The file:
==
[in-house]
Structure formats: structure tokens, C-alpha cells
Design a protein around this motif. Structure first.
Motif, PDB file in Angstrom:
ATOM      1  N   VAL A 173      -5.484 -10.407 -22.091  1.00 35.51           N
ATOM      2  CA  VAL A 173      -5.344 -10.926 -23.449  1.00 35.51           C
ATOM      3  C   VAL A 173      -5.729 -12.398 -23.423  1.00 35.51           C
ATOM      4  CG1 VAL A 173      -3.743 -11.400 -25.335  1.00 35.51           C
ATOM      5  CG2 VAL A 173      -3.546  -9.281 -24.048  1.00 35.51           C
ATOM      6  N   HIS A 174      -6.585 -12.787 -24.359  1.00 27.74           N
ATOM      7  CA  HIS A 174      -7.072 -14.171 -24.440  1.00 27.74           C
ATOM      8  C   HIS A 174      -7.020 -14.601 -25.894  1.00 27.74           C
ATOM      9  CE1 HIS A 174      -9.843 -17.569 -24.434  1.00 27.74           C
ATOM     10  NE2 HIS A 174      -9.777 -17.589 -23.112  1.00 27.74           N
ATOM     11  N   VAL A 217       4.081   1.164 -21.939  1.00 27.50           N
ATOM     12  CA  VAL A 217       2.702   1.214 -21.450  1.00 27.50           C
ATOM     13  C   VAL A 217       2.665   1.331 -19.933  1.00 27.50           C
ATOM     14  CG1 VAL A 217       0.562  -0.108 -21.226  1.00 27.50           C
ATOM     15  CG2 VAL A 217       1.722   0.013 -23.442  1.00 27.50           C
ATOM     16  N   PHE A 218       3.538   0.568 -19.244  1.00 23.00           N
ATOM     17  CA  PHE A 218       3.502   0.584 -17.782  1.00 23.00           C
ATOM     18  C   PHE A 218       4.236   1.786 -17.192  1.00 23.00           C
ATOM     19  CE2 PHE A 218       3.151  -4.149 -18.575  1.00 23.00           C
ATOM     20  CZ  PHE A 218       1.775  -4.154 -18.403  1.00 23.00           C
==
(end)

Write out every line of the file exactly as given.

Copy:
[in-house]
Structure formats: structure tokens, C-alpha cells
Design a protein around this motif. Structure first.
Motif, PDB file in Angstrom:
ATOM      1  N   VAL A 173      -5.484 -10.407 -22.091  1.00 35.51           N
ATOM      2  CA  VAL A 173      -5.344 -10.926 -23.449  1.00 35.51           C
ATOM      3  C   VAL A 173      -5.729 -12.398 -23.423  1.00 35.51           C
ATOM      4  CG1 VAL A 173      -3.743 -11.400 -25.335  1.00 35.51           C
ATOM      5  CG2 VAL A 173      -3.546  -9.281 -24.048  1.00 35.51           C
ATOM      6  N   HIS A 174      -6.585 -12.787 -24.359  1.00 27.74           N
ATOM      7  CA  HIS A 174      -7.072 -14.171 -24.440  1.00 27.74           C
ATOM      8  C   HIS A 174      -7.020 -14.601 -25.894  1.00 27.74           C
ATOM      9  CE1 HIS A 174      -9.843 -17.569 -24.434  1.00 27.74           C
ATOM     10  NE2 HIS A 174      -9.777 -17.589 -23.112  1.00 27.74           N
ATOM     11  N   VAL A 217       4.081   1.164 -21.939  1.00 27.50           N
ATOM     12  CA  VAL A 217       2.702   1.214 -21.450  1.00 27.50           C
ATOM     13  C   VAL A 217       2.665   1.331 -19.933  1.00 27.50           C
ATOM     14  CG1 VAL A 217       0.562  -0.108 -21.226  1.00 27.50           C
ATOM     15  CG2 VAL A 217       1.722   0.013 -23.442  1.00 27.50           C
ATOM     16  N   PHE A 218       3.538   0.568 -19.244  1.00 23.00           N
ATOM     17  CA  PHE A 218       3.502   0.584 -17.782  1.00 23.00           C
ATOM     18  C   PHE A 218       4.236   1.786 -17.192  1.00 23.00           C
ATOM     19  CE2 PHE A 218       3.151  -4.149 -18.575  1.00 23.00           C
ATOM     20  CZ  PHE A 218       1.775  -4.154 -18.403  1.00 23.00           C